A couple weeks ago, we told you about the five can’t-miss events at the NY Tech Summit. Today, we’re recapping one of those five things: Mike Hensley’s speech about why small businesses are prone to cyberattacks. Here’s what our Senior Manager of IT Solutions had to say.
- Why are small businesses at risk?
Most small businesses conduct their business online, and because they can’t afford enterprise class security products and protection in depth strategies, they have an increased vulnerability to attack. This weakness can be exposed by cybercriminals.Additionally, many small businesses partner with larger organizations to establish credibility for themselves in the marketplace. The problem is, though, that these partnerships can create pivot points for cybercriminals to enter larger networks and grab sensitive data in transit.As a result, small businesses in 2017 spent an average of 19% of their It budget on security, compared to 16% in 2016.
- What are the costs associated with cybersecurity incidents?
|Approximate Dollar Amount||
|External experts or loss of business|
|Staff wages spent during nonproductive downtime|
Credit card damages and insurance increases
Improvements to infrastructure to mitigate risk
Brand damage control
*Please note that exact dollar amounts will vary depending on size of the organization and the scope of its breach.
- How does a data breach even work?
There are four key stages of a data breach. First is incursion. Attackers get into a vulnerable system, in most cases because of a default password or targeted malware. Once they are in your system, they’re free to poke around. This is called the discovery phase. They map out your system and hunt for areas of compromise.The third stage is when the system gets corrupted. Your primary systems are compromised, and your exposed data is captured.Finally, exfiltration occurs. They capture your data and send it to a home base area in encrypted payloads.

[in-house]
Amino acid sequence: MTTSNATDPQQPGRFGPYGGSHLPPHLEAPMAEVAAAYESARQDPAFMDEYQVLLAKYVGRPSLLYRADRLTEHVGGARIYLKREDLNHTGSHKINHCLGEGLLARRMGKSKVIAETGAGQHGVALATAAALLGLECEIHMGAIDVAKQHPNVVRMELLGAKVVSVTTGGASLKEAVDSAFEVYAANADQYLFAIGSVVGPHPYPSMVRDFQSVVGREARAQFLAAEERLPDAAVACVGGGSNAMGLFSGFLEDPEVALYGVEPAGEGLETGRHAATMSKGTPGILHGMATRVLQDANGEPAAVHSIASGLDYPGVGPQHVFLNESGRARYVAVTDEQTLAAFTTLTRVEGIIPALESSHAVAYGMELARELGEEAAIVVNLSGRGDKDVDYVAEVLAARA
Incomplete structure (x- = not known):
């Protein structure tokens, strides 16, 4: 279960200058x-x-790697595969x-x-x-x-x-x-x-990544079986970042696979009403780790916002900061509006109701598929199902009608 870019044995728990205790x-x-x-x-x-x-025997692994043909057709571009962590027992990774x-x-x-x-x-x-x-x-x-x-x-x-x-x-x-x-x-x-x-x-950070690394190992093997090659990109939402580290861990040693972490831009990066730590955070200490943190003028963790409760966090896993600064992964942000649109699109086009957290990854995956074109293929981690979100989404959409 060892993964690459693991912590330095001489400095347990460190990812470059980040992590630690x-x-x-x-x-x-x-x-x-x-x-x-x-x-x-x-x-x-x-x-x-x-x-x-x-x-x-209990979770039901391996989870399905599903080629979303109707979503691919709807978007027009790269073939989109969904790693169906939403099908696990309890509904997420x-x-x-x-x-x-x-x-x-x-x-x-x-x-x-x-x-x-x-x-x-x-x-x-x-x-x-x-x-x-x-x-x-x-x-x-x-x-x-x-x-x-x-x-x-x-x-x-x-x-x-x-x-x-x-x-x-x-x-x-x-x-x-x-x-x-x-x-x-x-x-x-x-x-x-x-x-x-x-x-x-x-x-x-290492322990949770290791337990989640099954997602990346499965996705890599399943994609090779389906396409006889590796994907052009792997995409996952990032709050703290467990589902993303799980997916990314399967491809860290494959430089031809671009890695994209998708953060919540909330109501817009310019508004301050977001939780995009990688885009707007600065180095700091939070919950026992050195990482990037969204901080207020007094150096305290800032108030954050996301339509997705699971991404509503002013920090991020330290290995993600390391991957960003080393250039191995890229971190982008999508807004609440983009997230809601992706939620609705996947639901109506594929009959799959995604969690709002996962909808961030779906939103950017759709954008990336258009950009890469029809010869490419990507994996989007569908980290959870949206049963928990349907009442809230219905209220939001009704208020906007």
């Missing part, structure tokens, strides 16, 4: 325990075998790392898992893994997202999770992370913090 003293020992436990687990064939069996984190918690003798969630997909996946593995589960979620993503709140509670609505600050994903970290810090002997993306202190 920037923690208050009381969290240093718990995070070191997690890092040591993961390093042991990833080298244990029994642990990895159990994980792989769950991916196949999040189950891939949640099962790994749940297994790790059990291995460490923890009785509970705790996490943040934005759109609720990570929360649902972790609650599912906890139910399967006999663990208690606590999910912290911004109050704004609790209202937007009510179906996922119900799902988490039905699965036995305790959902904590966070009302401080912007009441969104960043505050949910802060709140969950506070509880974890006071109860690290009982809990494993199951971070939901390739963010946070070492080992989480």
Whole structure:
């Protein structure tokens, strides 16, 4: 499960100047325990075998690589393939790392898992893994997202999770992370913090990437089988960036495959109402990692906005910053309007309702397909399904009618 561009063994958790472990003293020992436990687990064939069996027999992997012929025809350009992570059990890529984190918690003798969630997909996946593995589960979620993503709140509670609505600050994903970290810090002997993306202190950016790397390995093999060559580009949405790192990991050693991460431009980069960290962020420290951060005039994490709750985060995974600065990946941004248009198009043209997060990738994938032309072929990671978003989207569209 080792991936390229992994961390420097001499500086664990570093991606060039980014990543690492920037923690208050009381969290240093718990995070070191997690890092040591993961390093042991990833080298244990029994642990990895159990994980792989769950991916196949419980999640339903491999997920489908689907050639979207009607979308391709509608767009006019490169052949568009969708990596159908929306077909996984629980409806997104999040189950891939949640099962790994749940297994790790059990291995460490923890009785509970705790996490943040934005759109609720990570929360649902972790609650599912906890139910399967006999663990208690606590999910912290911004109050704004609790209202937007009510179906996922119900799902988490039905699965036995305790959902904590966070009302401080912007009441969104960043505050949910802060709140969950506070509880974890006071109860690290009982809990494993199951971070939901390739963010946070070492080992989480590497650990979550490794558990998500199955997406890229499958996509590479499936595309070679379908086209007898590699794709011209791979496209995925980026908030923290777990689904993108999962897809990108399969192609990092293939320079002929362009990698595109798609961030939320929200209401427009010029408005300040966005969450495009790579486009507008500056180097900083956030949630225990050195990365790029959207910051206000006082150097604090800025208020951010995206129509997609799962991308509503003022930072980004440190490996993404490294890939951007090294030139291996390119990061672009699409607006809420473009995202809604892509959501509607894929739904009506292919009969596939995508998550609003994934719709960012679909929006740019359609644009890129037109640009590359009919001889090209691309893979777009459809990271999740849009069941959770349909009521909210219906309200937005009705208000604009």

- What can we do to prevent data breaches?
You need frequent and adaptive training that holds all users accountable for the systems. You also need policy development and enforcement—strict enforcement of policies and guidelines—if you want to stay safe.Here are our dos and don’ts:
- Use multiple accounts (business, personal, general use)
- NEVER send PI or financial information over unencrypted email
- Don’t trust every email from known senders
- USE the blacklist features of your SPAM package
- Utilize up-to-date antivirus, malware, and SPAM protection
- Use third-party services for layered protection
- Read and interpret all email before clicking links
- What should you do if you’re breached?
This is a critical question, but the answer, of course, is even more important. According to Mike, containing and remediating the breach is the best possible response. But how? To contain the issue, you need to select a containment strategy, and then gather and handle evidence. And to seek remediation, you’ll either need to consult your in-house experts or a third-party service/organization.
For most small business owners, these tasks might be easier said than done. So, what’s the best way for people to make sure they’re really protected? Well, that’s where Lume comes in.
At Lume, we provide proactive IT solutions and Help Desk services that enhance and protect your internal capabilities. To find out more about how we can serve your business needs, contact us today.